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projected NTP and contractual dates vs actual start

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John Reeves
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If a contract uses NTP and Substantial Completion dates in the bid documents, and the NTP starts significantly after, such as 50 days.  What would you call simply sliding the timeframe.  It should not require a change order because the odds of starting on that exact date are low.  Change Orders generally have to go to a board meeting which is overkill if everyone is agreement.  Also, "high level proceed orders" can be used but that again brings negative attention to something that is just business as usual.  What can sliding the dates (not increasing contract duration) be called without making it a big deal for a short little job where everyone agrees?

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Zoltan Palffy
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WARNING do not build a schedule that show you completing within the shortened time frame.

Build it as you stated 60 days past the compltion date and then ask for a EOT.

Option #1

The schedule will be rejected and the basis is that it does not meet the required time frame. Thne you ask for a EOT and the contract modification is issued and you can re-submit the schedule.

 

Option #2

A contract modification is issued that extends the project by 60 days and then the schedule can be approved as is. 

John Reeves
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My "for instance" case is a weird one.  It was like a 60 day job that had an Substantial Completion date in the contract, and the time was half gone before the NTP.  So everyone was on board it should be kicked out from the real NTP date.  But I just wanted to confirm, the only way or correct way is to have the contractor build a schedule to the original dates (which in reality is past and impossible.) approve that as the baseline because it hits the contractual dates.  Then get a change order for the new dates and slide the project to those dates as the "Adjusted Baseline" ?  And which is better Adjusted Baseline or Revised Baseline?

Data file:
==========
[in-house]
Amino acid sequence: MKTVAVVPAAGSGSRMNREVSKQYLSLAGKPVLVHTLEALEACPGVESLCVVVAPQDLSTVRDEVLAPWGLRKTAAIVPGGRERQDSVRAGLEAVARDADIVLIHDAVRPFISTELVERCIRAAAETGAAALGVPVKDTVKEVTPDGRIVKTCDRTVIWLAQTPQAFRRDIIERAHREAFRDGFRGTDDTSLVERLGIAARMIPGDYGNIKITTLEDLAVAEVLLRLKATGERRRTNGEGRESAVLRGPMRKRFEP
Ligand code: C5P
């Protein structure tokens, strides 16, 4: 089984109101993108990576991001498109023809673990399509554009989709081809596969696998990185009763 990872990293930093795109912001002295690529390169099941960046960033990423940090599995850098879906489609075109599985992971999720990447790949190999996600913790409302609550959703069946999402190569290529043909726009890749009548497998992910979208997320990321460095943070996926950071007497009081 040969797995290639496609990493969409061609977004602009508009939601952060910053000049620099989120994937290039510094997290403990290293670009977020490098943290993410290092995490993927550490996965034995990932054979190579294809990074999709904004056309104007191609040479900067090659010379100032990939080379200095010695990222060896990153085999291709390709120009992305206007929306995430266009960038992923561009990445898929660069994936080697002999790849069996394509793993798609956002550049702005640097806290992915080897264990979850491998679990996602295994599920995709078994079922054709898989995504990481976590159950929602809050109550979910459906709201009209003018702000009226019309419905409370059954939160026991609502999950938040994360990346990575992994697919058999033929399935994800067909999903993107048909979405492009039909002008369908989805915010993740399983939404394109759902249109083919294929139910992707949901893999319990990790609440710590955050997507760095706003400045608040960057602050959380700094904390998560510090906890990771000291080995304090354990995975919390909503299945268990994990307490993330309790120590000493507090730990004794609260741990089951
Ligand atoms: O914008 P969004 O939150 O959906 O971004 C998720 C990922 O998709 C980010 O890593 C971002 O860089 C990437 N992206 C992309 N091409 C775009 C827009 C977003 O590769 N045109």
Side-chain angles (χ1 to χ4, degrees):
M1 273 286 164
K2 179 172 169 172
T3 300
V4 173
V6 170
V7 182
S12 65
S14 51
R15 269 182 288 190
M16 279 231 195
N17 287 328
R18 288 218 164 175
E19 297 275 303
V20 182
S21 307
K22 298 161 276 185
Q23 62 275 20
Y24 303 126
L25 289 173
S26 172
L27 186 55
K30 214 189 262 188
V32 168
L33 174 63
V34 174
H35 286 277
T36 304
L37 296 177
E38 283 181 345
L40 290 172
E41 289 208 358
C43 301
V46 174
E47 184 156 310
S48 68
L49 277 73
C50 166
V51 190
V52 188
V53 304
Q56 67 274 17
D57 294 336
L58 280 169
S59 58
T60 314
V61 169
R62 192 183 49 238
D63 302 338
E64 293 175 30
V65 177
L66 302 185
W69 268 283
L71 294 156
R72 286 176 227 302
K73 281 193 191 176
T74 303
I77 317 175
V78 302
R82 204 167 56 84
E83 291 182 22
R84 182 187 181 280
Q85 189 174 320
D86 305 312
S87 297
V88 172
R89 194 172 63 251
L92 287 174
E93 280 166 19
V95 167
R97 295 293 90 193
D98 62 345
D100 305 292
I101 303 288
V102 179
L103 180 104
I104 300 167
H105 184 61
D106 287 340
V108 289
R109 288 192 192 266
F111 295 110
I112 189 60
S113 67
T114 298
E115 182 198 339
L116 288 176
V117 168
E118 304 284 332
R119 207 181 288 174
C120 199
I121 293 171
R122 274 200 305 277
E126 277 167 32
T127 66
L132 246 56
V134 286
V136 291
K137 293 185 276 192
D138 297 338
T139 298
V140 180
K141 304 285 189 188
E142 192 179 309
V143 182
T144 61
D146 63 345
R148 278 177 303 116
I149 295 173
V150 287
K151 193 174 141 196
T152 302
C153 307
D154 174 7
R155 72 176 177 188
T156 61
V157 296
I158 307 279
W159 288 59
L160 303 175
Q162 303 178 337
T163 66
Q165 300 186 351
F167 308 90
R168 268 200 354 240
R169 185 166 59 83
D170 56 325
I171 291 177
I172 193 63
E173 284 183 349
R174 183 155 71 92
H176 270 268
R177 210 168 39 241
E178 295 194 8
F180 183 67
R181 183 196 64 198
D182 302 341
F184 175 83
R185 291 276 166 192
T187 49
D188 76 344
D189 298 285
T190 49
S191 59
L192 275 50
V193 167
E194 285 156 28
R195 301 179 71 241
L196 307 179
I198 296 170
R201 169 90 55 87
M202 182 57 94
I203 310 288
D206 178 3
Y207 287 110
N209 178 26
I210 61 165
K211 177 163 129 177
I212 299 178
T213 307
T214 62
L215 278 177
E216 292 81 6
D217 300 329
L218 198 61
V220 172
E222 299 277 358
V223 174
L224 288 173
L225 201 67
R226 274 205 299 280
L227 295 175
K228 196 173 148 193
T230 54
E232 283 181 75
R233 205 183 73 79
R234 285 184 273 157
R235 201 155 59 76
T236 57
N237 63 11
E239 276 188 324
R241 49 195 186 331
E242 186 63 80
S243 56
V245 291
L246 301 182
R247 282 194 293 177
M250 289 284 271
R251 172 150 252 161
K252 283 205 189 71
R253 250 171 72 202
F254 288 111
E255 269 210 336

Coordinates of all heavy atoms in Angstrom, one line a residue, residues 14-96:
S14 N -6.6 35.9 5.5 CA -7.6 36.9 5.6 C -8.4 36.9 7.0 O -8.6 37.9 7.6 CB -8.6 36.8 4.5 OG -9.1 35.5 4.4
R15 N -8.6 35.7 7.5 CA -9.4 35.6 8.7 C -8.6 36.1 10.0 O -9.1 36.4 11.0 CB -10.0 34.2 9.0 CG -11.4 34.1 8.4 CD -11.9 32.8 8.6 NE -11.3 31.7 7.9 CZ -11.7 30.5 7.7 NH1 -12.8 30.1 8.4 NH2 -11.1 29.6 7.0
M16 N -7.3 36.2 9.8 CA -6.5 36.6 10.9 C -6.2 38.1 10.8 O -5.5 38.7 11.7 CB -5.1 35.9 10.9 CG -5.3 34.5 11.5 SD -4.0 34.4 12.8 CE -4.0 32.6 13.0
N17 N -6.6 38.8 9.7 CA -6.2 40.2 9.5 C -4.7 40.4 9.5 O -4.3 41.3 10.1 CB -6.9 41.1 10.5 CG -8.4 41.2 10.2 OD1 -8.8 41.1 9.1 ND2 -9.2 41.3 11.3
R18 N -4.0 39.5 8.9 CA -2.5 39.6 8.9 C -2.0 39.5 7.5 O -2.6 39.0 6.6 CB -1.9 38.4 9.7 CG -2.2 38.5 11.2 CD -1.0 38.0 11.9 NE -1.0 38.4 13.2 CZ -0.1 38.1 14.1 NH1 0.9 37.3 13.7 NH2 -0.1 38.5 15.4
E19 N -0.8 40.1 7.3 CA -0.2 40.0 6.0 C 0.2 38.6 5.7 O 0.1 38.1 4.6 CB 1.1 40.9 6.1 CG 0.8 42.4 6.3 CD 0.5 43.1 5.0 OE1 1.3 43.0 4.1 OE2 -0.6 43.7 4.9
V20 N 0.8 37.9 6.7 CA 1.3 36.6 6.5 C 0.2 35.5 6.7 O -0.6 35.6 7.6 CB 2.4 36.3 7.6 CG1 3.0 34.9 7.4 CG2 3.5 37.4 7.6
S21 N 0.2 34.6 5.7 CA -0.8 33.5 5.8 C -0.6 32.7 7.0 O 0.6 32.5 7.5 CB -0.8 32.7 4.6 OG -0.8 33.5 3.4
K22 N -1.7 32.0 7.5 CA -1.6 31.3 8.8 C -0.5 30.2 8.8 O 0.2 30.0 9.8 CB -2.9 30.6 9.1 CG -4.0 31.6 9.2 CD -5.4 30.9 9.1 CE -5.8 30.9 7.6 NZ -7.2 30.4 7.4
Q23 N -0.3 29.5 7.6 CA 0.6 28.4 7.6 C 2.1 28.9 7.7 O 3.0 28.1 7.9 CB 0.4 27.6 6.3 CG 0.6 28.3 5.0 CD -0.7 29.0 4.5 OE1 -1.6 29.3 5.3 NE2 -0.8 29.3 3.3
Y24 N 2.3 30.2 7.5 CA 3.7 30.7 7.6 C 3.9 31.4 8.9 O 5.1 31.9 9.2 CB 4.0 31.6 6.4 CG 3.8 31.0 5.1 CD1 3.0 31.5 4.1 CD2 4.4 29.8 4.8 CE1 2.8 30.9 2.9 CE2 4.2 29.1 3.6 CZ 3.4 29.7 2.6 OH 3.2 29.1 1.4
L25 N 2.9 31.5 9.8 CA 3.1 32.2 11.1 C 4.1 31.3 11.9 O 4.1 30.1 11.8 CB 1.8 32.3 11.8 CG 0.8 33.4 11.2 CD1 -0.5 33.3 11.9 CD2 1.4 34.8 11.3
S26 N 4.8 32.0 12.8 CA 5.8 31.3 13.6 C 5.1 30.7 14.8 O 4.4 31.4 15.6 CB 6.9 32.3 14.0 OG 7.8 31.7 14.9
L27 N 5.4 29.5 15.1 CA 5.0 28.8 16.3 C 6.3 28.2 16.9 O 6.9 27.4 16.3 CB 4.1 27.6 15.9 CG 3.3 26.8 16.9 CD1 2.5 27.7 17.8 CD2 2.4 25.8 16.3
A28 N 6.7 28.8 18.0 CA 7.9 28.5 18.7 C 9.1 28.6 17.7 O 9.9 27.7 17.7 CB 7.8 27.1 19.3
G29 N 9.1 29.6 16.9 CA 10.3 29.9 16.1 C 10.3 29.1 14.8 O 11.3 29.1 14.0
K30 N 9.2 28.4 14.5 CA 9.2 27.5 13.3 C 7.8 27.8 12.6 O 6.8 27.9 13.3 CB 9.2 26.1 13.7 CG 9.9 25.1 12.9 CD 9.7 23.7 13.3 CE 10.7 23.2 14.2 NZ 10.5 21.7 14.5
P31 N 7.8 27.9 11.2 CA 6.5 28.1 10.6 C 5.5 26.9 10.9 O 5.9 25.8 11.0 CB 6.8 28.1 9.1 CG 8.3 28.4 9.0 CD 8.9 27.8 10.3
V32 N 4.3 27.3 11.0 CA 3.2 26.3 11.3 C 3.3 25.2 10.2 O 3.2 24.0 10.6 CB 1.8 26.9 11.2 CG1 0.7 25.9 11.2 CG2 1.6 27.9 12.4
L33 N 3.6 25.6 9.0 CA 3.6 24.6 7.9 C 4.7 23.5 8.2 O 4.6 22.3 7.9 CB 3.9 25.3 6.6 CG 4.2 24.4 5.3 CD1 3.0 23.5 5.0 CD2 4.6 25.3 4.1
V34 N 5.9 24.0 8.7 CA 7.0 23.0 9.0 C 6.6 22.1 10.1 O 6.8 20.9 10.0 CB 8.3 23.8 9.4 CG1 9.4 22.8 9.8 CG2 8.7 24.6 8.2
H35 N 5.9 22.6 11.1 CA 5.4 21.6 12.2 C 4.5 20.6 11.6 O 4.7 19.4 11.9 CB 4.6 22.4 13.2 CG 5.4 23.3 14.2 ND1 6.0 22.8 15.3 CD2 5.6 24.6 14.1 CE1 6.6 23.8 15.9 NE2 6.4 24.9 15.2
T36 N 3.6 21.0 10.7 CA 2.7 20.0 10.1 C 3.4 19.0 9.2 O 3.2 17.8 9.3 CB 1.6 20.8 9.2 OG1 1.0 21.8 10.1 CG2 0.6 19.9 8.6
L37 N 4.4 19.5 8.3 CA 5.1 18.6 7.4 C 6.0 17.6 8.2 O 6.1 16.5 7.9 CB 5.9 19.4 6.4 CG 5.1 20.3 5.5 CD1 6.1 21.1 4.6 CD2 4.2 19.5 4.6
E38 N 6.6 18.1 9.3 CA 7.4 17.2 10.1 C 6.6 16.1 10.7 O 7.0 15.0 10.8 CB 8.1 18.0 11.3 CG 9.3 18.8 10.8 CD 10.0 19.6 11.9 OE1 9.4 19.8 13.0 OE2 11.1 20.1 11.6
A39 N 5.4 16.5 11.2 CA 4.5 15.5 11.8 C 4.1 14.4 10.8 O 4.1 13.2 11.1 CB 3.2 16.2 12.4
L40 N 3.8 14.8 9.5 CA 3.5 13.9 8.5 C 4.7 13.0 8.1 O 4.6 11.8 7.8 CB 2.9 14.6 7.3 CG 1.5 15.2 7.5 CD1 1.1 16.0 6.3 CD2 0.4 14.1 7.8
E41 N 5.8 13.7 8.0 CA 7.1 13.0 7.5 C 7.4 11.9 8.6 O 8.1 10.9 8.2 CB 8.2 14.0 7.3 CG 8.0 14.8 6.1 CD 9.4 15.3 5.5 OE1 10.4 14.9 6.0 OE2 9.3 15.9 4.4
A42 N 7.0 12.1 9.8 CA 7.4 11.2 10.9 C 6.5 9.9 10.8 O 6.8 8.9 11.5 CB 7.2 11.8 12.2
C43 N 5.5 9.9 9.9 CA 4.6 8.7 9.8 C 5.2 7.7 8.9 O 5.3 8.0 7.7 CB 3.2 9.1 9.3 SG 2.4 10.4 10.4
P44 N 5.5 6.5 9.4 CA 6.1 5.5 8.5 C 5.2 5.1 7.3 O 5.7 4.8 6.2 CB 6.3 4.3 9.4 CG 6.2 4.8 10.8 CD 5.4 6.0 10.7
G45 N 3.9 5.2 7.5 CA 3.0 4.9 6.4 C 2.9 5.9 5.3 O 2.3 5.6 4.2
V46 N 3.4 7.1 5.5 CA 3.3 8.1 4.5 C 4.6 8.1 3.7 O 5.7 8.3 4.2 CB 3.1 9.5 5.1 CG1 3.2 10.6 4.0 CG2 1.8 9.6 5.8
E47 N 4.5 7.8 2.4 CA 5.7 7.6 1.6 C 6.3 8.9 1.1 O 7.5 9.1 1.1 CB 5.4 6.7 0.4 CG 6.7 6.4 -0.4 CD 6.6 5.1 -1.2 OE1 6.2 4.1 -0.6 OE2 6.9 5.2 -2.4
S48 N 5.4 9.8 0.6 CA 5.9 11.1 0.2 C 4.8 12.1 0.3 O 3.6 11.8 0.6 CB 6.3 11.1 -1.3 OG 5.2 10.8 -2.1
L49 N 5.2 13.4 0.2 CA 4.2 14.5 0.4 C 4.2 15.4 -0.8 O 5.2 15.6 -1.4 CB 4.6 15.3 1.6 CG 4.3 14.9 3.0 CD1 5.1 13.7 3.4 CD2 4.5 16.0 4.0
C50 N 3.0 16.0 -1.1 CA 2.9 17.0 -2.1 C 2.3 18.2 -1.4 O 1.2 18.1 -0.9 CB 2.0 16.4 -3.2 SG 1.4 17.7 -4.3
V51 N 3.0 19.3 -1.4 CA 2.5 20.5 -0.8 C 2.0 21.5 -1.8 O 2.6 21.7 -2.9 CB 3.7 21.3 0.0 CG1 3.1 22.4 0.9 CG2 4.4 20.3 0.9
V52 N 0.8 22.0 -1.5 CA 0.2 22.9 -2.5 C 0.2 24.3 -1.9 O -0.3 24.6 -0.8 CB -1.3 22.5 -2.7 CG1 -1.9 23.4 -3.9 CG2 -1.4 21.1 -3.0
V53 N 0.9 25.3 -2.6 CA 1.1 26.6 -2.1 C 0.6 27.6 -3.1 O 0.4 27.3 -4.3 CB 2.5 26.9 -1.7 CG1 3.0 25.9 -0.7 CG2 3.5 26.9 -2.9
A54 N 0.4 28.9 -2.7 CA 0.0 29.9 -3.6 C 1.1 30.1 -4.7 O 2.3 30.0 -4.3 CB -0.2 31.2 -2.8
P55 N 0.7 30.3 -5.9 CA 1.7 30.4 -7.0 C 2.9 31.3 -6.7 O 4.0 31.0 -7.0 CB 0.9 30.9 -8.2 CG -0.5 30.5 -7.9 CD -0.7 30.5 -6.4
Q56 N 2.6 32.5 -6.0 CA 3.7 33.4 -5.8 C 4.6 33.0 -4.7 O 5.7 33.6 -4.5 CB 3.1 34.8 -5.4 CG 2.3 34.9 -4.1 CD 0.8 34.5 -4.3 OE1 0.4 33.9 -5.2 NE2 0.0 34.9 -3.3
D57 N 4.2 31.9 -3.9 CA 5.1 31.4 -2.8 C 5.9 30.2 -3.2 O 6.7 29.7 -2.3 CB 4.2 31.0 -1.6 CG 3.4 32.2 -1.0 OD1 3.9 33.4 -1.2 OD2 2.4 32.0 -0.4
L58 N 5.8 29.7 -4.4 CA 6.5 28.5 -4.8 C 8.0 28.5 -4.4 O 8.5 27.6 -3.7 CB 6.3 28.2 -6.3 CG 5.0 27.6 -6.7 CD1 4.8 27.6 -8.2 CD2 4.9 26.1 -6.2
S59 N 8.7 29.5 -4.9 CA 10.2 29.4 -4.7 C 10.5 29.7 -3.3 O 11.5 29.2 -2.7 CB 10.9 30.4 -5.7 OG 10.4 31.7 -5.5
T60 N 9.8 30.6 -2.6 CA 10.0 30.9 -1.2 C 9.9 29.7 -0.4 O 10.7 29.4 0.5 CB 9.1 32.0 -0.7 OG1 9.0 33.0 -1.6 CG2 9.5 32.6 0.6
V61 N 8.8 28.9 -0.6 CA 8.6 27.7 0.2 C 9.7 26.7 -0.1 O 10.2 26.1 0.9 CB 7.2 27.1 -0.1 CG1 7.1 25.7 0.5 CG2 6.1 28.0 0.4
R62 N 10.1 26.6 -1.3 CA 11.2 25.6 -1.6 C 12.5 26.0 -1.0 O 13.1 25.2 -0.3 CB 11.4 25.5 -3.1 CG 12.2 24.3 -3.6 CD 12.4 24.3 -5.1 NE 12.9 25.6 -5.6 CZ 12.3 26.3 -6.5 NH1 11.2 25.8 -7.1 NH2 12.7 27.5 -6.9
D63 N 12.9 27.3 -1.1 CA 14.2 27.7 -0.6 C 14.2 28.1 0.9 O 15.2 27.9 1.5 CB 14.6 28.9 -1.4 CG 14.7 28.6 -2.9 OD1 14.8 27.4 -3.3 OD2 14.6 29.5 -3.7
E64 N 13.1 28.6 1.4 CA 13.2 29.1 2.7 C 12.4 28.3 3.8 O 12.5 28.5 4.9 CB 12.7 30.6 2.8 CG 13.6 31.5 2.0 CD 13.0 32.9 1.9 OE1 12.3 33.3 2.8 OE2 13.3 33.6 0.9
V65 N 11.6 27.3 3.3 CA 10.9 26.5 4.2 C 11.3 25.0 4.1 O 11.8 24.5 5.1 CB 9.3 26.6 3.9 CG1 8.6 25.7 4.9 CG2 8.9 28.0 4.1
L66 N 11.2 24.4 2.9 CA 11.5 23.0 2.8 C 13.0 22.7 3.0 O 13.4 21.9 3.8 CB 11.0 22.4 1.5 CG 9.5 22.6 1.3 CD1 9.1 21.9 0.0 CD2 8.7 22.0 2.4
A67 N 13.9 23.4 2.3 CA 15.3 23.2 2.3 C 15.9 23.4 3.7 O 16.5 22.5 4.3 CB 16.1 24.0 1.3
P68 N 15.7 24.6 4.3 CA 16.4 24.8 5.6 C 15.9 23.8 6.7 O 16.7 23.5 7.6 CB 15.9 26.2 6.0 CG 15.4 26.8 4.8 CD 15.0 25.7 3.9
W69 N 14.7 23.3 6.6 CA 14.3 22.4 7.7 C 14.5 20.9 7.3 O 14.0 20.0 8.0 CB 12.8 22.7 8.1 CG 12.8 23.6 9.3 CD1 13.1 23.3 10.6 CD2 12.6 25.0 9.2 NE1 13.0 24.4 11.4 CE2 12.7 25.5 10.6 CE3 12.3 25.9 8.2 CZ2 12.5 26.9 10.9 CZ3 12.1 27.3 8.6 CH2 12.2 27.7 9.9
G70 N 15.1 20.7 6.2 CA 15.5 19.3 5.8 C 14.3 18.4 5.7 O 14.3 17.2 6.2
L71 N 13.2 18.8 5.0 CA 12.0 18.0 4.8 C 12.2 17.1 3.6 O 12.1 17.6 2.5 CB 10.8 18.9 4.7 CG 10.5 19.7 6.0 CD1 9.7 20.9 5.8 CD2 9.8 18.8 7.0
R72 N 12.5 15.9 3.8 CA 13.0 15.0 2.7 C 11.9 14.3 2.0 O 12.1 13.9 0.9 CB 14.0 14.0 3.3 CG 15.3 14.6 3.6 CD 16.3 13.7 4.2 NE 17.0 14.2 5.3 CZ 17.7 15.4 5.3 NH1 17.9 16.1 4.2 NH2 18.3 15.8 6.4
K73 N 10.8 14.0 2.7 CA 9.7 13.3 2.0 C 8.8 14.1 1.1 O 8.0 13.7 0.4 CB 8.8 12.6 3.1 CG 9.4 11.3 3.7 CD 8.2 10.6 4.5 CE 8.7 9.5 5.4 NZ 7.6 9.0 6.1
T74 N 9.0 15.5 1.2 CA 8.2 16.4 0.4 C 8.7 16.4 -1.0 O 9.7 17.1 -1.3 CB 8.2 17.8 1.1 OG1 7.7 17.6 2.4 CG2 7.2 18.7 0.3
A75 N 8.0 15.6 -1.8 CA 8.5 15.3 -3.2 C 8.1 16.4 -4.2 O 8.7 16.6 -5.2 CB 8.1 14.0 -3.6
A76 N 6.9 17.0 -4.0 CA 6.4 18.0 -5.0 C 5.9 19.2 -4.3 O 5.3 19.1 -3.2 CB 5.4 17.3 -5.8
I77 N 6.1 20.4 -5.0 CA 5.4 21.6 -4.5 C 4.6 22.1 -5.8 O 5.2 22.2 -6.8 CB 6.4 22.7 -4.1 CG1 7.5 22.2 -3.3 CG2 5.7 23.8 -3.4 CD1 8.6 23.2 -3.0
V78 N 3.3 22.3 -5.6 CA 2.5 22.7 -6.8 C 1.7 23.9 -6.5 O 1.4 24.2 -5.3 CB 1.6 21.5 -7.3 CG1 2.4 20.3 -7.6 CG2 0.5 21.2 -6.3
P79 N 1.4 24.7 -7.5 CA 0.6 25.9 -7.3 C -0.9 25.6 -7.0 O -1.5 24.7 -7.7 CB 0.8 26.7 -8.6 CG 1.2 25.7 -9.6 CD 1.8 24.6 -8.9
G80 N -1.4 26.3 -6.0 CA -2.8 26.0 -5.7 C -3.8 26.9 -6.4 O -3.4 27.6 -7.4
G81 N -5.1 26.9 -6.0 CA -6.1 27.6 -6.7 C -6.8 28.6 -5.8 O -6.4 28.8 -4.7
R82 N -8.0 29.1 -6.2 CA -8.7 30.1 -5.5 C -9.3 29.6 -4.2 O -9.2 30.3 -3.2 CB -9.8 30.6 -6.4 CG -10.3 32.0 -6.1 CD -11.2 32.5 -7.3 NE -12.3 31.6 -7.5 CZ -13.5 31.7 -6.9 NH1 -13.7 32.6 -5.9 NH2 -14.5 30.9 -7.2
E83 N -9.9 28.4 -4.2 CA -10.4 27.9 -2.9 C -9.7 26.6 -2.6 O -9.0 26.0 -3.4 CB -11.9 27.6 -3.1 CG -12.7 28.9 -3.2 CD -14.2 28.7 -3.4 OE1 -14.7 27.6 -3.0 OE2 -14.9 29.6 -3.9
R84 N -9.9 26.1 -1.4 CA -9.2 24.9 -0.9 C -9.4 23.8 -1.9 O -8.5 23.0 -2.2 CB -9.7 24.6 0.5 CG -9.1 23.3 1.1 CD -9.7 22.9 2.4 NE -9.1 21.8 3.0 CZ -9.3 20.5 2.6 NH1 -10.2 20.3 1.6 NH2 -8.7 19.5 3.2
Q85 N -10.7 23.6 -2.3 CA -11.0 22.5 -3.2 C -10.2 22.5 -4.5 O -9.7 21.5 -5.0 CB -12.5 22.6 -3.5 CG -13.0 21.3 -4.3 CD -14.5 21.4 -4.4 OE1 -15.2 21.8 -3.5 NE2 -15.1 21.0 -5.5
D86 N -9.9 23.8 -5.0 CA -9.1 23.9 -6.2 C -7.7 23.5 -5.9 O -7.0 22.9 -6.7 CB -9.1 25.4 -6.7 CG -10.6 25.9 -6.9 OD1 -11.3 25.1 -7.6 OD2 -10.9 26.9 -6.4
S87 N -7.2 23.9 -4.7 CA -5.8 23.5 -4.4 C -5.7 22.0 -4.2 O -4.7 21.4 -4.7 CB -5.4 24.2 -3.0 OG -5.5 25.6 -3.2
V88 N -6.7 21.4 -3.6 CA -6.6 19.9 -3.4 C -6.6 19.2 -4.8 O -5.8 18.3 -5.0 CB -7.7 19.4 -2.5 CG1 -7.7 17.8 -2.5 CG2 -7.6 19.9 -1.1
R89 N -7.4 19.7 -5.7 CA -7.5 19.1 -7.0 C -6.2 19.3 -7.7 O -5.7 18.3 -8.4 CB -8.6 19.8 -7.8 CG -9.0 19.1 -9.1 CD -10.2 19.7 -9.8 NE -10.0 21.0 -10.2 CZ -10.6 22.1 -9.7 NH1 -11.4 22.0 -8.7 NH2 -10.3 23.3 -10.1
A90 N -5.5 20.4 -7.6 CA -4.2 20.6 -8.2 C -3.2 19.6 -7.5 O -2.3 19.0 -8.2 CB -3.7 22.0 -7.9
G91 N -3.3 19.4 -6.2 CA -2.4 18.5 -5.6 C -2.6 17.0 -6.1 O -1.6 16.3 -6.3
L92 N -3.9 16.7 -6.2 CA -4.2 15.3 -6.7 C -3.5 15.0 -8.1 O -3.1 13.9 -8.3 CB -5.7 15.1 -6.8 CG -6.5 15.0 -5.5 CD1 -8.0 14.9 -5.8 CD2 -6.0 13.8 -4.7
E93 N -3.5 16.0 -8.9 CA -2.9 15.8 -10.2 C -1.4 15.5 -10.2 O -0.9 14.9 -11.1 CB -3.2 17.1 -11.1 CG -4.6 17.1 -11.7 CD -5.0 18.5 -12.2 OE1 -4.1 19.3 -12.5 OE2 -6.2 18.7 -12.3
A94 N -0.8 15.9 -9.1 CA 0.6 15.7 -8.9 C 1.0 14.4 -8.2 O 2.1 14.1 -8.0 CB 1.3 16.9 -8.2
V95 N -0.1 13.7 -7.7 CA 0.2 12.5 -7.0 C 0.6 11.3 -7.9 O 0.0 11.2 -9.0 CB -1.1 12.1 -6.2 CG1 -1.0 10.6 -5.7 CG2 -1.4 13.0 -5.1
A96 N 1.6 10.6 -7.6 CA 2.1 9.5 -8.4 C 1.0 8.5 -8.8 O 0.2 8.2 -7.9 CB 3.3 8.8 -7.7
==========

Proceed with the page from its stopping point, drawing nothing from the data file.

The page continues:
Zoltan Palffy
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Contractual dates are typically generated from days AFTER NTP and after award this way the award date and NTP date can move the contractual date will be calculated correctly. 

Patrick Weaver
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The contract does not exist until it is signed.  Pre-contract infomration can be adjusted in the contract before signature.  But if the signed contrct states a completin date and the actions of the client have caused a delay (ie, preventing starting on time) then there extension of time provisions apply. This requiers either  a change order or an approved claim.  Generally, you cannot just alter a contract, for more on this see: https://mosaicprojects.com.au/PMKI-TPI-080.php#ADD

Rodel Marasigan
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Hi John,

Not really and it’s not always the case. Depending on the contract and the outcome of the contract during the tendering process. Please note that during the tendering phase, there is a lot of unknown and assumptions that the contractor are put into the tender which being clarified and resolved during the tender review and evaluation. This may change the contractual completion date and other significant milestone in the contract. The priority and sequencing may also change depending on what is contractor supply and what is the client supply. Some outcome that I have always encounter is the de-risking of the long lead equipment and long lead item (LLE &LLI). These may already procure by the client and novated to contractor during the award of the contract. Some of the fabricated item may change to modular from stick-built prior to award. Contactor interface milestone may also change. Better checked the contract and the addendum to make sure. This is why the schedule are being required to submit after 30 days of contract award or what ever is stated in the contract deliverables and to be approve as a baseline once complied and agreed by both parties. If the contract milestones date is just as simple as NTP + days (same as tender docs NTP+ days) then yes it just moving the data date will do the work (assuming that the schedule was complete compliance with the CPM industry standard practice and not constrain driven).